Some self-styled Western Khomeinologists might dismiss the statements by both Meshkini and Khamenehi as typical clerical hyperbole.
" Ah, they don't mean what they say," our Khomeinologists would say. "They are just talking for their domestic audiences."
The Khomeinologists might mean their analysis as a prop to get the mullahs off the hook. In reality, however, their analysis is an insult to mullahs like Meshkini and Khamenehi, because it presents them as men who speak with a forked tongue, which means that they cannot be trusted, or as politicians caught in the cobweb of their deception.
Logic, however, requires us to take Khamenehi and Meshkini seriously and assume that they mean what they say.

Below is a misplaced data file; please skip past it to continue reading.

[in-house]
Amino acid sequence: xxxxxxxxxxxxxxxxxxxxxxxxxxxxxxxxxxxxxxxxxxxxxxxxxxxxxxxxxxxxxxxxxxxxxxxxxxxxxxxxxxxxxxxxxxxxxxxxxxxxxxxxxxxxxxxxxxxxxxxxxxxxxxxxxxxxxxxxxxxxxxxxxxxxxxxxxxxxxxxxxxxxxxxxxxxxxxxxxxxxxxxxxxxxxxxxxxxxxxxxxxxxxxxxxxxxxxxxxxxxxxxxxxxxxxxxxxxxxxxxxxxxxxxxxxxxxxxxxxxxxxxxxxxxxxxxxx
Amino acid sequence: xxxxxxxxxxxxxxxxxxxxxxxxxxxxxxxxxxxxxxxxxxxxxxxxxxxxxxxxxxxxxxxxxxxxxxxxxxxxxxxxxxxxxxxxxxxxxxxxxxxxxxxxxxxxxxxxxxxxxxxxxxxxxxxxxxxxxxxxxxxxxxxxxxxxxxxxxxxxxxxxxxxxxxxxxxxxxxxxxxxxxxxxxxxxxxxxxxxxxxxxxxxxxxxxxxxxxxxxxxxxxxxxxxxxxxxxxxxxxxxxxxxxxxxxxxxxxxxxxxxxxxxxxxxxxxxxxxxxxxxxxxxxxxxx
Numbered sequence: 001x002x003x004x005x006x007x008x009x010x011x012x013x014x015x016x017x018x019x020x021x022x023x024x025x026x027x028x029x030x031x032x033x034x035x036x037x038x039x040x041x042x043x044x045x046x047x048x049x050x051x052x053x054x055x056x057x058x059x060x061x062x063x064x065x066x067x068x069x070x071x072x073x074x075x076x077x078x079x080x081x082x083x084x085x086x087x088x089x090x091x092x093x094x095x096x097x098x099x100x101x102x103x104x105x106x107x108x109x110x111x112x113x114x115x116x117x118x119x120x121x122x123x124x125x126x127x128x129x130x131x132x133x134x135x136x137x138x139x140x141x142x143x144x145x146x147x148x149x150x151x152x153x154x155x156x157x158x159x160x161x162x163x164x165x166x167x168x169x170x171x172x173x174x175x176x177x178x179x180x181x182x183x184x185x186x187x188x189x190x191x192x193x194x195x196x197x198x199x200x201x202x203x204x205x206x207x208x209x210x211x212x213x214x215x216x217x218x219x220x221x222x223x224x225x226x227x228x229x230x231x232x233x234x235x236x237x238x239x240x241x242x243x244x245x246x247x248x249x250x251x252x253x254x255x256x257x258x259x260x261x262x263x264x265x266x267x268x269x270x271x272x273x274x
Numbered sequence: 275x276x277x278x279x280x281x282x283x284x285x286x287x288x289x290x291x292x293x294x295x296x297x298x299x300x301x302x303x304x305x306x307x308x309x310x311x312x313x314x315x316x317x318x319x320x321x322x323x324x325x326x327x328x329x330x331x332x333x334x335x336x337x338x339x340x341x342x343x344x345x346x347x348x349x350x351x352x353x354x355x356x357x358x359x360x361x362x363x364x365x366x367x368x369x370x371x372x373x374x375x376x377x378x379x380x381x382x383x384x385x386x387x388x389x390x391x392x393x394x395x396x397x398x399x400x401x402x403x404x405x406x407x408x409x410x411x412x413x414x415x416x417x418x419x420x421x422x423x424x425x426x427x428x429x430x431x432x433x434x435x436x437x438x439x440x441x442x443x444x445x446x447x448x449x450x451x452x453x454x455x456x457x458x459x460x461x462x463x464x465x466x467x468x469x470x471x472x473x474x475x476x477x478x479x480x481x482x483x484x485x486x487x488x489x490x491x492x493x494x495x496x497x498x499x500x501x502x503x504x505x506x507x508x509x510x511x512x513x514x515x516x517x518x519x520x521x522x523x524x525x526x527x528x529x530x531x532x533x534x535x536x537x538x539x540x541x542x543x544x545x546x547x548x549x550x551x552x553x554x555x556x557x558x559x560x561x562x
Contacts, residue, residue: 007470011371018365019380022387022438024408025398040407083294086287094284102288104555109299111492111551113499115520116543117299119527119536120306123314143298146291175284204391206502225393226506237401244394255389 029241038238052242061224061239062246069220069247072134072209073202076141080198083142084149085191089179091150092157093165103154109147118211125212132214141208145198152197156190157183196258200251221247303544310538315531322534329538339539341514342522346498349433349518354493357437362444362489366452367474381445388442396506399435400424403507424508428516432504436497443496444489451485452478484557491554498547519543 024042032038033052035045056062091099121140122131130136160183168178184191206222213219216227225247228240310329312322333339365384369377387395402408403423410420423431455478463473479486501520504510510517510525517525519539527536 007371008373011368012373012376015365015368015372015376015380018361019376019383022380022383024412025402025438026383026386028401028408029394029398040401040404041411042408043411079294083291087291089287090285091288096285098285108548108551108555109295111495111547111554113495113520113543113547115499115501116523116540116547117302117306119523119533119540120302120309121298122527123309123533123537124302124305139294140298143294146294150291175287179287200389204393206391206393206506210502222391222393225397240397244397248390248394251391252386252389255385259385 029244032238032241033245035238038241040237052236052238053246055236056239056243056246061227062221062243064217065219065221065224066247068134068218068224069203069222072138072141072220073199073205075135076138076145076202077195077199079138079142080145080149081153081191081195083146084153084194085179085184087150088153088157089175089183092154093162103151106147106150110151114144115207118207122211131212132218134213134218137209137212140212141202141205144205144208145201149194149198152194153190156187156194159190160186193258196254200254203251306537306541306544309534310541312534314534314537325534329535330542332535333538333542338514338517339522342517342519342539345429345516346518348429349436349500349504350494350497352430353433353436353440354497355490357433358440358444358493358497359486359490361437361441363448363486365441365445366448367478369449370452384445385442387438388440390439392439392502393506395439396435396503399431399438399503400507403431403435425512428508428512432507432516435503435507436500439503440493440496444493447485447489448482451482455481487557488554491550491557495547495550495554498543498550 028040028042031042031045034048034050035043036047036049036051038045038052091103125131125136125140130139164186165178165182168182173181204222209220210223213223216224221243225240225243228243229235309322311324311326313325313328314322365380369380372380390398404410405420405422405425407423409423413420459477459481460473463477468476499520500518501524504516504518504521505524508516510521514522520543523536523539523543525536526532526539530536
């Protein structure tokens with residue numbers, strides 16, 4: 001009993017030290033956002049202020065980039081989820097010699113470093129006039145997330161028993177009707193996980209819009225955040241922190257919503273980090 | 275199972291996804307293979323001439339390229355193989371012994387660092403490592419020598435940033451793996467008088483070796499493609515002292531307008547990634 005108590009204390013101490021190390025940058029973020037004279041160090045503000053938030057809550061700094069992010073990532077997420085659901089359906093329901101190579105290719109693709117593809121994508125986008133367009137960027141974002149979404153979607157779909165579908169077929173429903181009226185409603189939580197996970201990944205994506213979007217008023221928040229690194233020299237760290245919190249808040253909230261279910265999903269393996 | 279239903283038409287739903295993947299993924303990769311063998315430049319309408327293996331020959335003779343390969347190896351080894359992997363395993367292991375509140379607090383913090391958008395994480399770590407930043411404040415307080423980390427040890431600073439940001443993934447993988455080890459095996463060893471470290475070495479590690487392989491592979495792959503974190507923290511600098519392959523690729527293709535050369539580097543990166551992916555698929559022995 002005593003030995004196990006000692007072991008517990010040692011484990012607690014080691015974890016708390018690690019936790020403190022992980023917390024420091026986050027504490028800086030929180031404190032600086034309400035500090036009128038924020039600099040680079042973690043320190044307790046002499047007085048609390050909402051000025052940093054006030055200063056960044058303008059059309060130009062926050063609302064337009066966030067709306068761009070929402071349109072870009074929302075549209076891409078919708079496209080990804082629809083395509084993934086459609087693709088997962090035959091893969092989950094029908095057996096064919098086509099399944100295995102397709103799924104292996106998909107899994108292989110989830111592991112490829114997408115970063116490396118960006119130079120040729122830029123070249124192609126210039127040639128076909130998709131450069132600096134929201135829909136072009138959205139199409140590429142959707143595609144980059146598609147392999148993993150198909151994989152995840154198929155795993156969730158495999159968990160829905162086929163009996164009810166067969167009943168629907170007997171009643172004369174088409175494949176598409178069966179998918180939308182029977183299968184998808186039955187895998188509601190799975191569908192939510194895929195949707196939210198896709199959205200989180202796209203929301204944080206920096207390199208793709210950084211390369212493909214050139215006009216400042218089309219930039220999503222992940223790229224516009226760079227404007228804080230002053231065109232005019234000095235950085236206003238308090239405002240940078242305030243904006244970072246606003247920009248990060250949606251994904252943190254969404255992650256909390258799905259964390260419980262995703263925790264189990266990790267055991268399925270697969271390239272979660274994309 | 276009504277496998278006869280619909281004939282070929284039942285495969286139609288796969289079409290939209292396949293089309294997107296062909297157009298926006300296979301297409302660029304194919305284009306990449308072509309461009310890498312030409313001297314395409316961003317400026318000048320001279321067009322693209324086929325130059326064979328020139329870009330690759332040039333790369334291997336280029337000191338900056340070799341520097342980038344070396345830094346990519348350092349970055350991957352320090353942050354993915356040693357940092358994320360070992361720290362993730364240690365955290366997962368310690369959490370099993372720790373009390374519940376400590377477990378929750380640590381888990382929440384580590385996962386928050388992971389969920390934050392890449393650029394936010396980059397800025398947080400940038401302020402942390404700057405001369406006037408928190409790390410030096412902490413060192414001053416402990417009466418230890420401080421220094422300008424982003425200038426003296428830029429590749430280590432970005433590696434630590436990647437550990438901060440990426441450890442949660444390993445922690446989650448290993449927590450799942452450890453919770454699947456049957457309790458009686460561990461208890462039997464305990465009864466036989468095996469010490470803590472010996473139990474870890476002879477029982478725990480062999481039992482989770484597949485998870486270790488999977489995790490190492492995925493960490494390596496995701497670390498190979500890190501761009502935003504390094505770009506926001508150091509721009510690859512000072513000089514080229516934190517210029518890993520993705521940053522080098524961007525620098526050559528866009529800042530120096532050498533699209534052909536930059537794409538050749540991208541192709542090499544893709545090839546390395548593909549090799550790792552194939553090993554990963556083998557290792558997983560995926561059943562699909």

And that leads us to one crucial conclusion: as long as the Islamic Republic does not believe in the equality of all nation-states in the context of international law, regardless of race, religion, type of regime, size, and system, it can never be a sincere party to any bilateral or international agreement.
This is why, leaving aside commercial issues, negotiations between the Islamic Republic and other nations never produce concrete and lasting results. There cannot be give-and-take between "an extension of God" and an "illegitimate and oppressive regimes" that keep the whole of mankind, outside Iran of course, in "utter darkness."
It is important that those who recommend endless talks with the mullahs, including United Nations' Secretary-General Kofi Annan who is visiting Tehran, keep that in mind.